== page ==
How To Check Hybrid Battery Condition

Whether you’re new to hybrid cars or have had one for a while, it’s important to know when your car’s battery needs attention. This guide will teach you how to recognize the signs of a dying battery, how to check your hybrid battery, and how to prolong the life of your car’s battery.

How To Check Hybrid Battery Condition

Signs That Your Hybrid’s Battery Is Dying

When owning a hybrid vehicle, you should familiarize yourself with the telltale signs that your hybrid battery may be dying.

The symptoms of battery failure are different from a conventional gas combustion engine, so if it’s your first time owning a hybrid car, it’s important to be aware of this.

No matter the make and model, you are likely to experience one of these issues when a hybrid vehicle’s battery begins to fail.

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Strange Engine Noises

A dying hybrid car battery usually begins to run hot, which alerts your car’s electric fan to cool it down. As the fans work overtime, your car will start to make odd noises, so this could be a sign that your battery is failing.

This is when it’s very important to check your battery, as running a battery too hot may damage it and its components.

Charge Fluctuations

If your hybrid car’s display is showing erratic changes in your battery’s charge, it could be a sign that your battery is overcharging or unable to hold a charge. A big indicator of this is if your battery is showing full charge one moment, and then very low the next.

Not Holding Charge

If you leave your car parked and charging overnight, and then return the next morning with a low battery indication, then your hybrid battery definitely needs diagnostic attention.

Decreased Fuel Economy

Getting lower gas mileage than you expect is a likely sign of a dying hybrid battery. A hybrid vehicle is designed to use its battery to provide energy that fuels it.

When the battery starts to fail, the car reverts to relying on the gas combustion engine to fuel itself. If you notice this, you should check your battery.

Internal Combustion System

When a hybrid vehicle’s battery fails, the internal combustion engine will begin to run more than it should or will turn on at unexpected times. This is when you consider doing a battery checkup.

How To Check Your Battery

Rather than take your car to the mechanic, you can check your hybrid’s battery status yourself. You can purchase a battery checker to check your battery, however, there is a simple and free way to do this.

While it won’t give you an exact reading of your hybrid vehicle’s battery life, it will give you enough information so you can if you need to take further action.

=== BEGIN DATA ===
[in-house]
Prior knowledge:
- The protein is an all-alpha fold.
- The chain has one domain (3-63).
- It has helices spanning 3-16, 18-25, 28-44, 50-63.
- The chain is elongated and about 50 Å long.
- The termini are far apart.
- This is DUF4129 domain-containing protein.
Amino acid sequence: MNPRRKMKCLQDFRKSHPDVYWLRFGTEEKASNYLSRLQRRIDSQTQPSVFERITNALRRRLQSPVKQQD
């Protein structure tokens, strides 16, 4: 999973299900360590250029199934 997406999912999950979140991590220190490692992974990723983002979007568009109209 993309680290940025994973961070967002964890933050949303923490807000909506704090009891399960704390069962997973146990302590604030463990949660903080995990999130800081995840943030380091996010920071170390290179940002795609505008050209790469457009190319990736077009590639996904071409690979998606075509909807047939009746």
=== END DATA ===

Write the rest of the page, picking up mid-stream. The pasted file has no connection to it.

First, you need to start your car and check its current battery level on your hybrid’s display. Ideally, it should be around the middle or higher.

Next, take your vehicle to an empty road and load the engine. This means you need to drive your car hard with as much power as you can. Be sure that the road is empty to ensure your safety and the safety of pedestrians.

While you’re loading the engine, monitor how long it takes for the hybrid battery to deplete. When accelerating for 10 seconds or longer, you should see the battery level drop slowly.

After this, find a hill and let your car coast down it. While doing so, monitor how fast the battery level fills. If it fills quickly and drains quickly, you are in phase 2 of 3 in your hybrid’s battery health.

How To Prolong Your Hybrid’s Battery Life

While your hybrid vehicle’s battery does have impressive longevity, there are ways to improve it and keep your car running for longer.

A hybrid is considered to be a reliable vehicle, but the lifespan of a hybrid’s battery depends on numerous things, for example the driver’s habits and how often the vehicle is used.

Here are some ways to keep your hybrid battery working for longer and ensuring your car’s reliability.

Maintain An Even Temperature

Extreme temperatures can reduce battery life, so be sure to park your car in the shade on hot days, and in an insulated place on cold days.

Drive Your Car

Driving your car for at least 15 to 20 minutes twice a week generates kinetic energy, keeping the battery charged and healthy.

Brake And Accelerate Slowly

Abrupt braking and accelerating can wear down your battery and put a strain on it. Be gentle when using the accelerator and brake. Also, coasting generates kinetic energy which can give your hybrid’s battery a boost.

Do Regular Maintenance

Keep up with regular maintenance of your vehicle and fix any issues you find as soon as possible to prevent overworking your hybrid vehicle’s battery and maintain its condition.

Keep An 80/20 Charge

Keeping your hybrid’s battery charged at 100% all the time can lead to quicker drainage, and letting your battery drain lower than 20% can cause your battery to stop holding charge. Keep your vehicle charged between 80% and 20% to improve the longevity of your hybrid’s battery.

Frequently Asked Questions

How Long Does A Hybrid Car Battery Last?

Depending on the driver’s habits and how often the vehicle is driven, a hybrid’s battery can last between 5 and 10 years.

How Much Does A Hybrid Battery Cost To Replace?

While a typical car battery costs $120 on average to replace, a hybrid’s battery is considerably more expensive. Due to its complexity, it can cost as much as $3,000 to replace.


As a hybrid vehicle owner, there are a few things to consider when it comes to maintaining your car’s battery. You should make yourself aware of the signs that indicate low battery life, and do a simple test to determine its condition.

With the information given, you’ll be able to easily check your battery and take the steps to keep your hybrid vehicle in perfect working condition.

Jonathan Rice

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